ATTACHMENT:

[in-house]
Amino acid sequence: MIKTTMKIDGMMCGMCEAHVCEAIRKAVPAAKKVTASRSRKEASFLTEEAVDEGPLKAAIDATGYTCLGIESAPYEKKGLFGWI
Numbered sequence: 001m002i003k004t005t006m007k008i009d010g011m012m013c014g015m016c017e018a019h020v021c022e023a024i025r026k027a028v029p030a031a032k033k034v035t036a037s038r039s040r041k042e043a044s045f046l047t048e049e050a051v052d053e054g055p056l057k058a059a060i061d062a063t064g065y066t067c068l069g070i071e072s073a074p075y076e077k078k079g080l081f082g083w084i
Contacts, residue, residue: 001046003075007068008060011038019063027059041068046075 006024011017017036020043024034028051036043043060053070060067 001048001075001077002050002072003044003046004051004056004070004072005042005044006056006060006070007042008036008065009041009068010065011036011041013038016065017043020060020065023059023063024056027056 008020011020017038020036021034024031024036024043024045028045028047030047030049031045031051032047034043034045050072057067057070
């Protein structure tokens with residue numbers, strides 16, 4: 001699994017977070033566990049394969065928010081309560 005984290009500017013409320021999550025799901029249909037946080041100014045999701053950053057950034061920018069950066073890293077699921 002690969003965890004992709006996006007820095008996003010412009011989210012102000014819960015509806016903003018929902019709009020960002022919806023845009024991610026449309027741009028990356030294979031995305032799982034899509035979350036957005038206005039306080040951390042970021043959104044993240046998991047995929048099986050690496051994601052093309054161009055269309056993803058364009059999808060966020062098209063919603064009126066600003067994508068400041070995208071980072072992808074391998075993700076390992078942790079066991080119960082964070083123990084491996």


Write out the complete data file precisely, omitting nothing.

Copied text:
[in-house]
Amino acid sequence: MIKTTMKIDGMMCGMCEAHVCEAIRKAVPAAKKVTASRSRKEASFLTEEAVDEGPLKAAIDATGYTCLGIESAPYEKKGLFGWI
Numbered sequence: 001m002i003k004t005t006m007k008i009d010g011m012m013c014g015m016c017e018a019h020v021c022e023a024i025r026k027a028v029p030a031a032k033k034v035t036a037s038r039s040r041k042e043a044s045f046l047t048e049e050a051v052d053e054g055p056l057k058a059a060i061d062a063t064g065y066t067c068l069g070i071e072s073a074p075y076e077k078k079g080l081f082g083w084i
Contacts, residue, residue: 001046003075007068008060011038019063027059041068046075 006024011017017036020043024034028051036043043060053070060067 001048001075001077002050002072003044003046004051004056004070004072005042005044006056006060006070007042008036008065009041009068010065011036011041013038016065017043020060020065023059023063024056027056 008020011020017038020036021034024031024036024043024045028045028047030047030049031045031051032047034043034045050072057067057070
């Protein structure tokens with residue numbers, strides 16, 4: 001699994017977070033566990049394969065928010081309560 005984290009500017013409320021999550025799901029249909037946080041100014045999701053950053057950034061920018069950066073890293077699921 002690969003965890004992709006996006007820095008996003010412009011989210012102000014819960015509806016903003018929902019709009020960002022919806023845009024991610026449309027741009028990356030294979031995305032799982034899509035979350036957005038206005039306080040951390042970021043959104044993240046998991047995929048099986050690496051994601052093309054161009055269309056993803058364009059999808060966020062098209063919603064009126066600003067994508068400041070995208071980072072992808074391998075993700076390992078942790079066991080119960082964070083123990084491996």